One of the most common medical procedures was the removal of "missiles" from the body, generally arrows but also small lead beads or pebbles shot from slings. These often penetrated flesh and became embedded. The tools used by Roman military doctors, many used for extracting missiles, are themselves legion.

Archaeologists have found medical instruments at Roman forts and campsites that are classified as probes, spatulas, spoons, tweezers, scalpels, lances, curved and straight needles, medical glassware, small vessels, and ointment boxes. One of the most prolific Roman army medical service archaeology sites is at Baden, Germany, where the remains of a Roman military hospital were excavated. Artifacts described as earscoops, catheters, spoons, and other medical equipment were found. Coins found in association with the medical equipment showed the fort was active between A.D. 100 and 200.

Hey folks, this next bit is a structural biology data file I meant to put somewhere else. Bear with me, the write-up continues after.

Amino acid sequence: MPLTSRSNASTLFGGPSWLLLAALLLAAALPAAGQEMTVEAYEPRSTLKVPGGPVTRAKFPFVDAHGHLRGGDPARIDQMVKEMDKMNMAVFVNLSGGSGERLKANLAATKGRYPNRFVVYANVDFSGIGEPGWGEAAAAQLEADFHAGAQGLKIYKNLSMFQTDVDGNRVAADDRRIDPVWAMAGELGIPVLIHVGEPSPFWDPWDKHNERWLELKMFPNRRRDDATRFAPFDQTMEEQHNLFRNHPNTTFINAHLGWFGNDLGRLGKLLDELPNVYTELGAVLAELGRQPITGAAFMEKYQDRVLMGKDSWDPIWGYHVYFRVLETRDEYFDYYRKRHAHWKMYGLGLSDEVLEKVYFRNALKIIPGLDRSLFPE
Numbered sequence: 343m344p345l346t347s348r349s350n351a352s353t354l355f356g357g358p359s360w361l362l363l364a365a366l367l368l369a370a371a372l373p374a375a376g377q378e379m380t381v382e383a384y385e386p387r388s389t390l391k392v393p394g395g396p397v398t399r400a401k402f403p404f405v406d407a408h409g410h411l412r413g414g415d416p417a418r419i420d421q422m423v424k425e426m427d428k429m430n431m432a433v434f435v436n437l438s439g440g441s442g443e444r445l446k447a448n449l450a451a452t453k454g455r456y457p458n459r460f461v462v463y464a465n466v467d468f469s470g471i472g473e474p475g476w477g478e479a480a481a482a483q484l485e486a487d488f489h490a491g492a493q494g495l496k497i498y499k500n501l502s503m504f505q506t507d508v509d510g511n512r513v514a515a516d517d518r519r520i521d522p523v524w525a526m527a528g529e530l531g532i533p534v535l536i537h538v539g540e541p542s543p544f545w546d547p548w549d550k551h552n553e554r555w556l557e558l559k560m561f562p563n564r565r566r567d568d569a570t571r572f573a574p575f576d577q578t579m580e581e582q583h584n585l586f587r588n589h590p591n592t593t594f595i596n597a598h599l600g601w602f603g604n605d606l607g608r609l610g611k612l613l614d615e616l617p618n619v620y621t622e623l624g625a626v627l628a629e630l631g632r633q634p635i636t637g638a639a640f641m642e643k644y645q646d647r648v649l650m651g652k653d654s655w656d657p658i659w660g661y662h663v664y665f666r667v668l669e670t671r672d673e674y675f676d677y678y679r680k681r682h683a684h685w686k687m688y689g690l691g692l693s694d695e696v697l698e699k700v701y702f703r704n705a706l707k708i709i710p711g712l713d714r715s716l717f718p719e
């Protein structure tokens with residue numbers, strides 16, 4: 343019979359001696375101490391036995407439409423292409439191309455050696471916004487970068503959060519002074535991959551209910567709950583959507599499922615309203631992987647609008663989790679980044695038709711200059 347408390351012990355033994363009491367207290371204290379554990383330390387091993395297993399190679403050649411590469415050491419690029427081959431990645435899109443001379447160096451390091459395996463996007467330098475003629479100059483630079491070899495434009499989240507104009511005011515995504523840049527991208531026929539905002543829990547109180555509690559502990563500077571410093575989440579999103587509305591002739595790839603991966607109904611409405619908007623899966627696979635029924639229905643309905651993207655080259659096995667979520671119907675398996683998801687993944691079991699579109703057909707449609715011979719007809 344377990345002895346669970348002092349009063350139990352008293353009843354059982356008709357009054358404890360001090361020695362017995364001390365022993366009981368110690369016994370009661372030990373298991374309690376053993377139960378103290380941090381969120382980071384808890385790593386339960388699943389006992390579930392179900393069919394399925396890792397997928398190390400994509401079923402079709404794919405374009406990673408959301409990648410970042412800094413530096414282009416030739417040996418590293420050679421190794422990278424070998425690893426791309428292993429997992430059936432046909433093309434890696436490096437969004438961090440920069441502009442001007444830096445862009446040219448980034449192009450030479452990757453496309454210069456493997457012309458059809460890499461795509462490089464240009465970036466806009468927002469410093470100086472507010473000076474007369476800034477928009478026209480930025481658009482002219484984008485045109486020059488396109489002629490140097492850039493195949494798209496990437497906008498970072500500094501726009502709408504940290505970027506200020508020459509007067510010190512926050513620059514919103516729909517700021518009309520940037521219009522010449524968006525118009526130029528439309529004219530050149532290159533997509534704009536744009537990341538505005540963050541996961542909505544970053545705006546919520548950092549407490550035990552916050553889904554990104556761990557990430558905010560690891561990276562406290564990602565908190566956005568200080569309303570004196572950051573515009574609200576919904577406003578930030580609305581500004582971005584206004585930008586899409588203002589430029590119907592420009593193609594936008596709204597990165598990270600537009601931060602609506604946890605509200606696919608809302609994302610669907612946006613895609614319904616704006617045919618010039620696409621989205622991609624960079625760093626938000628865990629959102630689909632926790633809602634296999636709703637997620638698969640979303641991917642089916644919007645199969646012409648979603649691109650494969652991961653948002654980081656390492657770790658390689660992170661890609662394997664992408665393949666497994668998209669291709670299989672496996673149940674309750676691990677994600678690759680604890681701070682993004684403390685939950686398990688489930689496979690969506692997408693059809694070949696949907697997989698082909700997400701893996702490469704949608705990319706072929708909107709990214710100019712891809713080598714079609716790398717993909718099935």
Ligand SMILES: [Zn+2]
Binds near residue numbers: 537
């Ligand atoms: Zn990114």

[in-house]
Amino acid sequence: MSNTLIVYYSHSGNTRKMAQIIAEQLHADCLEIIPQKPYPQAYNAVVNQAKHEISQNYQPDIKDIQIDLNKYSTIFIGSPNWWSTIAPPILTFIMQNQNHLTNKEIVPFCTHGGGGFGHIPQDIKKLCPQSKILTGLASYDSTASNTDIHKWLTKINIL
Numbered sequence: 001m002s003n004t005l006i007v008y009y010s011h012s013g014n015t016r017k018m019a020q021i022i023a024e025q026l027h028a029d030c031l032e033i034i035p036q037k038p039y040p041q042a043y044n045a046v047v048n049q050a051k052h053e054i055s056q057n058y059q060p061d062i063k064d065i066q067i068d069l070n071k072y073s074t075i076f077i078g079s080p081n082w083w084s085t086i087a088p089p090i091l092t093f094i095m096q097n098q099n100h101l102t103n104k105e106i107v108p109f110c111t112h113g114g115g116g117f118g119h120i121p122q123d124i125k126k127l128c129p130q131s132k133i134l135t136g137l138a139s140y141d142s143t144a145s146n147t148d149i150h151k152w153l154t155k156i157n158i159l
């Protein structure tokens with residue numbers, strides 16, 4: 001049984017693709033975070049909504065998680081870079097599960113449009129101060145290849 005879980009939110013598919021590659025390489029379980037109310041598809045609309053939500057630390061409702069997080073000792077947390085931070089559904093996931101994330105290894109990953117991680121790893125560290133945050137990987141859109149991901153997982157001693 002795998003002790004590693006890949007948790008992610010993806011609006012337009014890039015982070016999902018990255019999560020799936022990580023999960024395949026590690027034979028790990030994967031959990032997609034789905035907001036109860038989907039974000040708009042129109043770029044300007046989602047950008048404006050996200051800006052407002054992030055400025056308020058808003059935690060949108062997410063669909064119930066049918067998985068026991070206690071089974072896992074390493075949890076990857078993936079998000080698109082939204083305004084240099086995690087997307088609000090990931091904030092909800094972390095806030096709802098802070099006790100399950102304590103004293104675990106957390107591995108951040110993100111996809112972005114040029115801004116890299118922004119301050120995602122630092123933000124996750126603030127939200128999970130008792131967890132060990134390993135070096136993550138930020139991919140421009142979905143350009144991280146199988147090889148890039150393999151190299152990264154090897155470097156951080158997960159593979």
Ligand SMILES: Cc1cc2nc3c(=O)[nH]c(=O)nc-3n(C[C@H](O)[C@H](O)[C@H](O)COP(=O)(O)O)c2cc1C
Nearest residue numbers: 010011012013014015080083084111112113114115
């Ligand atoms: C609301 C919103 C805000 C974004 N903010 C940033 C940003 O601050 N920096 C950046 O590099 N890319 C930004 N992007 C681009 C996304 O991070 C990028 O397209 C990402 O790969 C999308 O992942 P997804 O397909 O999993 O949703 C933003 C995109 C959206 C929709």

Another military hospital unearthed at Vetera (now Xanten, Germany) revealed hospital wards, rooms full of medical instruments, surgical suites, convalescence rooms, and possibly mortuaries. Among the discovered artifacts were levers and scoops thought to be used for extracting missiles from the body and notched probes that may have been used for extracting arrowheads after the arrow shaft was broken off. Although later than the heyday of the Roman legions, surgeon Paul of Aegina described how stones and other missiles from slings were to be removed by an ear probe, modified for the job at hand by adding a scoop.